The New International Encyclopædia/Pastorels
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|Edition of 1905. See also Shepherds' Crusade (1251) and Shepherds' Crusade (1320) on Wikipedia, and the disclaimer.|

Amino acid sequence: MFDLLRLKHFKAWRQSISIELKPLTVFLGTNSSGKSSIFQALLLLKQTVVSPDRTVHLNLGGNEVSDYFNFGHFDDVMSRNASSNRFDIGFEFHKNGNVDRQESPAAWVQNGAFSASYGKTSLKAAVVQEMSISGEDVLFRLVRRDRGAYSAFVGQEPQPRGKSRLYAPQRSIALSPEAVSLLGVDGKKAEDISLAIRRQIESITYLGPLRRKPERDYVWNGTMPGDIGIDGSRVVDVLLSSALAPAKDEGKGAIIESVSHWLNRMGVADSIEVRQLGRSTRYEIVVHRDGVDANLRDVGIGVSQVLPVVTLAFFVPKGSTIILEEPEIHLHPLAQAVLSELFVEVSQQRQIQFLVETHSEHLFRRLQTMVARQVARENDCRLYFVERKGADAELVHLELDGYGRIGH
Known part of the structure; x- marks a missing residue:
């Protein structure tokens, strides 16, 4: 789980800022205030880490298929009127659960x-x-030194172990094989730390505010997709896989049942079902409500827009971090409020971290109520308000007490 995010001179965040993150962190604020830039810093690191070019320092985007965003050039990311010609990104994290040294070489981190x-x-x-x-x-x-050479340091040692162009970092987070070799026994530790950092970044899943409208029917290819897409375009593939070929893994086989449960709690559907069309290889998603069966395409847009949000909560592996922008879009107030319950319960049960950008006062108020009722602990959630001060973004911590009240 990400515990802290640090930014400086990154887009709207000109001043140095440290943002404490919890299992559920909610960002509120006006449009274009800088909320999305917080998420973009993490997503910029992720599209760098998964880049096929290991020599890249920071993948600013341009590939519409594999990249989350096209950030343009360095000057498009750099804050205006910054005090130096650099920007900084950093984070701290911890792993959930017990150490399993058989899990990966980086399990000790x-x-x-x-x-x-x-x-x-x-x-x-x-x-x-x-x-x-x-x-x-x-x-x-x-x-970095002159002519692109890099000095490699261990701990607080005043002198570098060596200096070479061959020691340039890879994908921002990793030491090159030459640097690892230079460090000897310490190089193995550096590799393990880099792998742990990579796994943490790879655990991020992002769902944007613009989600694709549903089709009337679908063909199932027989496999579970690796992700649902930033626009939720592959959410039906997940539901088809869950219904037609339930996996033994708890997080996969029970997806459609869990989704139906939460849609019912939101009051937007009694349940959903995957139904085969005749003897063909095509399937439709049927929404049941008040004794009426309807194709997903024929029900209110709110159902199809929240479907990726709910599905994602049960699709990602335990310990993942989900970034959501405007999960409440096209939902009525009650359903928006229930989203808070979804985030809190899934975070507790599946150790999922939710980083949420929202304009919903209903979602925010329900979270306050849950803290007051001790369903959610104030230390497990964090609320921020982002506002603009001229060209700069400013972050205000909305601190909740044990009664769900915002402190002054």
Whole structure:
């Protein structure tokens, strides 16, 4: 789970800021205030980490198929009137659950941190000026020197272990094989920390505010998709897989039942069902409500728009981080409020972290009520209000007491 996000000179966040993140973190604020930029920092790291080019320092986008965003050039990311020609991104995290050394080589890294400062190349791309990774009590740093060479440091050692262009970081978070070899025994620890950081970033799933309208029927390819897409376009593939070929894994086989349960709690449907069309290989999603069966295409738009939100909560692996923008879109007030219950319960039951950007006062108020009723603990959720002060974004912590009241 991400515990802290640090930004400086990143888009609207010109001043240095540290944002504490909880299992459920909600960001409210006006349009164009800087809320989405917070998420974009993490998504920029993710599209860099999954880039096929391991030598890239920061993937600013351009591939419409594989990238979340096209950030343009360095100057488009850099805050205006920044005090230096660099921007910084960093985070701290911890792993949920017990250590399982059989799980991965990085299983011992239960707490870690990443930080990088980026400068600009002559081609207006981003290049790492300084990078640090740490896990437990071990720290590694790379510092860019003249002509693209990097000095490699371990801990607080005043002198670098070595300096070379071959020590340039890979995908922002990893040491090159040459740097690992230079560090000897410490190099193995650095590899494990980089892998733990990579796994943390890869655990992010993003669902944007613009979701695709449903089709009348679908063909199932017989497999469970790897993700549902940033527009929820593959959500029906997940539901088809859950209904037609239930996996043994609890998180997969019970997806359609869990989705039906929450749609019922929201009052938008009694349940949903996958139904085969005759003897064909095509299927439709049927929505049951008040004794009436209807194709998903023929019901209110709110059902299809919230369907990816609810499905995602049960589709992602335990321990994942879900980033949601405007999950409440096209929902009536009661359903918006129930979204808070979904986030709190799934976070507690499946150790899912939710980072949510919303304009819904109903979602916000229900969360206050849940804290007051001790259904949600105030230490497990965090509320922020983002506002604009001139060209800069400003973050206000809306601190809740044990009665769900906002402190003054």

PASTORELS (OF. pastorel, Fr. pastoral, from Lat. pastoralis, relating to a shepherd). A name given to certain disorderly bands which appeared in France during the thirteenth and fourteenth centuries. They were recruited from the lower orders of society, including many shepherds, whence the name. In the year 1251 a certain Jacob, who claimed to be Lord of Hungary, and is commonly known as Jacob of Hungary, appeared as their leader in Flanders. He was an unprincipled adventurer and fanatic, but an able man. The King, Louis IX. (Saint Louis), was then in the East, engaged in the disastrous Seventh Crusade, and the preceding year had been a prisoner in the hands of the Mohammedans. Jacob preached that God had rejected princes and the mighty and would free the Holy Land by means of the common people. He claimed to have special revelations and assumed ecclesiastical functions. He formed his followers in well-organized companies, and, ostensibly on the way to Palestine, they began to overrun the country. The true character of the movement soon became evident. The rulers were attacked, property was destroyed, priests and monks were murdered. and the Jews in particular suffered cruel persecution. The disorders were ultimately put down with a firm hand. Jacob was killed while haranguing a crowd in Paris, or, according to another account, in a conflict at Bourges. Seventy years later, under Philip V., similar disorders broke out under the same pretext. These bands of Pastorels ultimately threatened to attack Avignon, when the Pope, John XXII., excommunicated them, and the Seucschal of Carcassone dispersed them with an army.